7 Intentionality: the intentionality aspect of automaticity refers to how much control we have over our thoughts and behaviour. Intentionality has to do with whether we are in control of the instigation of a process.the intentionality aspect of automaticity refers to how much control we have over our thoughts and behaviour. Intentionality has to do with whether we are in control of the instigation of a process. So do intentions give rise to our everyday actions and behaviours? Might our behavior be purposive, yet unintended?

8 Efficiency: the efficiency component of automaticity refers to the extent to which a mental process demands attentional resources for its execution. To the extent that it does, it may not occur when the attentional demands of a situation are high (e.g., dual tasking) So is everyday behaviour efficient or can it be disrupted by concurrent tasks?

9 Controllability: controllability generally refers to the extent to which one is aware of the impact of a stimulus and whether one is able to counteract (i.e., control) the effect of the stimulus on ones behaviour.controllability generally refers to the extent to which one is aware of the impact of a stimulus and whether one is able to counteract (i.e., control) the effect of the stimulus on ones behaviour. So is everyday action controllable?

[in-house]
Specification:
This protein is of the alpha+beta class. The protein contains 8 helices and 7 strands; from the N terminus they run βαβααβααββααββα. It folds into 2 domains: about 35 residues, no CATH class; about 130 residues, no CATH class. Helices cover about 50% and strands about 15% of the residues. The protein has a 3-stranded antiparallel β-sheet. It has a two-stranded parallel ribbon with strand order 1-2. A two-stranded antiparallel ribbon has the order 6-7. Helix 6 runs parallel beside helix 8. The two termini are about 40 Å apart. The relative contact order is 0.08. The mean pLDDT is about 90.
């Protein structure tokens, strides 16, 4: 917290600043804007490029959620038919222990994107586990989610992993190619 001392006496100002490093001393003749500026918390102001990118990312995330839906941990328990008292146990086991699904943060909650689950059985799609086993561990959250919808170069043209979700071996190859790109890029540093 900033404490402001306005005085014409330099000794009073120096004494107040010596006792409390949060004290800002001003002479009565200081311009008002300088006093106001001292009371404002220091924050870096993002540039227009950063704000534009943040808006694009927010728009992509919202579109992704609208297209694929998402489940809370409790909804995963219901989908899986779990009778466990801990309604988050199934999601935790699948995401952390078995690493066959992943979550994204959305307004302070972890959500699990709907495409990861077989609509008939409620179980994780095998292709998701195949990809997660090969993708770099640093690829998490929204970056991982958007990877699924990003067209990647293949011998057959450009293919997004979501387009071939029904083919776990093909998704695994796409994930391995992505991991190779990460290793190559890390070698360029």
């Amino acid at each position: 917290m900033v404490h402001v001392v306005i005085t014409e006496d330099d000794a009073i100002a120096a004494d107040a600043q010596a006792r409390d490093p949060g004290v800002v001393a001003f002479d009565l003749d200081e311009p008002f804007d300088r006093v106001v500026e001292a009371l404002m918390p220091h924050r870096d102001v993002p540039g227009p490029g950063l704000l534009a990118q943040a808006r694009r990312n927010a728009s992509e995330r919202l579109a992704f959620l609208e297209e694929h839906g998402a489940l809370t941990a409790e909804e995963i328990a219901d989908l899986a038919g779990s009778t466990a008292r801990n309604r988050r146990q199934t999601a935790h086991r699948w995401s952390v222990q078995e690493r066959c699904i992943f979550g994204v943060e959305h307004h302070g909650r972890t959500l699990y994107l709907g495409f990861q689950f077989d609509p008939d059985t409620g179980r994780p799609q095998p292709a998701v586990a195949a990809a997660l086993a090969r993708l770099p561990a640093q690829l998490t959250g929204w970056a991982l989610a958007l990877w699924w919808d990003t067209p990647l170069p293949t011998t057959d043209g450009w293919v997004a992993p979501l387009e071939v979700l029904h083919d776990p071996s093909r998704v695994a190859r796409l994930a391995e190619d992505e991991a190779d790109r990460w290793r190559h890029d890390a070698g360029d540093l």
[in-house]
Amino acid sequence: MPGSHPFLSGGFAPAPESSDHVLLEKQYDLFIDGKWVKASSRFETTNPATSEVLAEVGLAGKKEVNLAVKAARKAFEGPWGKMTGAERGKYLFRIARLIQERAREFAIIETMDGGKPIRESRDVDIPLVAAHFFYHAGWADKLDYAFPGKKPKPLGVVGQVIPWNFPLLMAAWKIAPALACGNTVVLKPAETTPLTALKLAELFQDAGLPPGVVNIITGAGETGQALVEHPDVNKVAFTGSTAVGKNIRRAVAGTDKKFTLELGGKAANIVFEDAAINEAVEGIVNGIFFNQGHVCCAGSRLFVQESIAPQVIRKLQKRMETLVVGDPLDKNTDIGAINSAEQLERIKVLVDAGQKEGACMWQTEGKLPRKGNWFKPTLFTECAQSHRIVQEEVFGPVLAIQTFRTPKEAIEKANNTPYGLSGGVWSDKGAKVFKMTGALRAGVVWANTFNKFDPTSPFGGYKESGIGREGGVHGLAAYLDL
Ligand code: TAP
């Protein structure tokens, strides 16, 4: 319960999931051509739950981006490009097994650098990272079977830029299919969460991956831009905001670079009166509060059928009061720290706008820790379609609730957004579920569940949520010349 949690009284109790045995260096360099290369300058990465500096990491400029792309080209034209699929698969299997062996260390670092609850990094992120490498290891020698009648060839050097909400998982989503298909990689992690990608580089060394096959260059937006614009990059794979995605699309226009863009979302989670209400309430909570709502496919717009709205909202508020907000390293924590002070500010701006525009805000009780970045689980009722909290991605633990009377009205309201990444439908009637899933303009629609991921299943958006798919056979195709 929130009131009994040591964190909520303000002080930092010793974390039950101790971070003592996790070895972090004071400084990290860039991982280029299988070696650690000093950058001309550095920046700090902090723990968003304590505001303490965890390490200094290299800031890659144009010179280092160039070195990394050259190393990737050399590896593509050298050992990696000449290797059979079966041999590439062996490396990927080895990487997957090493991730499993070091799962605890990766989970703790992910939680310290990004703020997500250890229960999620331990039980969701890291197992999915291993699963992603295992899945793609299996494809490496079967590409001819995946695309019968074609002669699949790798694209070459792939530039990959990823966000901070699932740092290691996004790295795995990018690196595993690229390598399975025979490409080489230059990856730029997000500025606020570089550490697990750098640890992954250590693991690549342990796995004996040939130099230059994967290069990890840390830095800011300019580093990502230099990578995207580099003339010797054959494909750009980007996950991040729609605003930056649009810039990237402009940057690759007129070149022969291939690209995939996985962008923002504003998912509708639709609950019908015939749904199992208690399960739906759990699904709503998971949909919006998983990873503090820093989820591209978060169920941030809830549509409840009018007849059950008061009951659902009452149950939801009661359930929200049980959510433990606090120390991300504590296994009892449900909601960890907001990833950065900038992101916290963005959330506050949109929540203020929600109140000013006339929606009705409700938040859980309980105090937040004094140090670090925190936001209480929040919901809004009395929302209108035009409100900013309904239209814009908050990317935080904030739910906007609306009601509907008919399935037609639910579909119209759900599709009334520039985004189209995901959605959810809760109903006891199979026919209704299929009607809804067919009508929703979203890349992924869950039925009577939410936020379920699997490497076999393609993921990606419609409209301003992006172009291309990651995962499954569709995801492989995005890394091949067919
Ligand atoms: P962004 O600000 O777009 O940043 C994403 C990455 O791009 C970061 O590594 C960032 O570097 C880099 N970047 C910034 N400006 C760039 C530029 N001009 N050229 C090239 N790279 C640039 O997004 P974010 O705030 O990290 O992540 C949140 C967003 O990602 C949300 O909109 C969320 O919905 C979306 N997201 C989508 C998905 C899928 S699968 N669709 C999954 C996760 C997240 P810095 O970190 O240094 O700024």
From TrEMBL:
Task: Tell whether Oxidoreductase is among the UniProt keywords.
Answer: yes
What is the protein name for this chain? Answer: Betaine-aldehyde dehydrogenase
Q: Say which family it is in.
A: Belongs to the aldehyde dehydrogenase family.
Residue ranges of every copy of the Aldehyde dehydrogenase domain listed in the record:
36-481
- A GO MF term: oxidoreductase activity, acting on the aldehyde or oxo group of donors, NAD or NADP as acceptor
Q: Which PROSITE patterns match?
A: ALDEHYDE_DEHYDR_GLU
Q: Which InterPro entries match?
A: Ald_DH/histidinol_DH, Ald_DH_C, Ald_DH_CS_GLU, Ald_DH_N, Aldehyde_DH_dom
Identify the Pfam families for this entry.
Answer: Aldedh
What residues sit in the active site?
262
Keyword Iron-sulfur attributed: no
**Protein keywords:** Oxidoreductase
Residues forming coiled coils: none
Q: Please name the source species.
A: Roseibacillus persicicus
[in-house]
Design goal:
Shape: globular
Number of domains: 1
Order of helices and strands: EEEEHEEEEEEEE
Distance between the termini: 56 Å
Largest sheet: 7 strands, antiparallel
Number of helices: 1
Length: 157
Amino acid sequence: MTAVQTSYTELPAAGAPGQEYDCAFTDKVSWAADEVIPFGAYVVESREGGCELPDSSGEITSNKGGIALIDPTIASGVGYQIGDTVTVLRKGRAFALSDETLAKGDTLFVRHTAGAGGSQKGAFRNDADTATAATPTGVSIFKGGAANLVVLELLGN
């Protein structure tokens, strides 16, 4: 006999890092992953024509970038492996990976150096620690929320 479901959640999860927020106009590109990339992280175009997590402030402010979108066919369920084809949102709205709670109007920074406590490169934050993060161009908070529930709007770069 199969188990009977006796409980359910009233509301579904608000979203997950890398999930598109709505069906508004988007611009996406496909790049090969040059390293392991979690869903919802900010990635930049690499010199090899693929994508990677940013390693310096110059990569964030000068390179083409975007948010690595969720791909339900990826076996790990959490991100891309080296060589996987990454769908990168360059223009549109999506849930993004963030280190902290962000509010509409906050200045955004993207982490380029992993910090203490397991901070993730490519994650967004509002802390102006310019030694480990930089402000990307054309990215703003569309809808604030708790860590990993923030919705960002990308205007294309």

10 The Lights Are On: But is There Anybody Home? much of everyday life - thinking, feeling, and doing - is automatic in that it is driven by current features of the environment (i.e., people, objects, behaviors of others, settings, roles, norms, etc.) as mediated by automatic cognitive processing of those features, without any mediation by conscious choice or reflection. Bargh (1997, p. 2)

11 If-Then Conditionals the power of if-then conditionals (Anderson, 1992; Bargh, 1989)the power of if-then conditionals (Anderson, 1992; Bargh, 1989) if X (i.e., environmental feature), then Y (i.e., action)if X (i.e., environmental feature), then Y (i.e., action) red light - then - brake elderly person - then - ?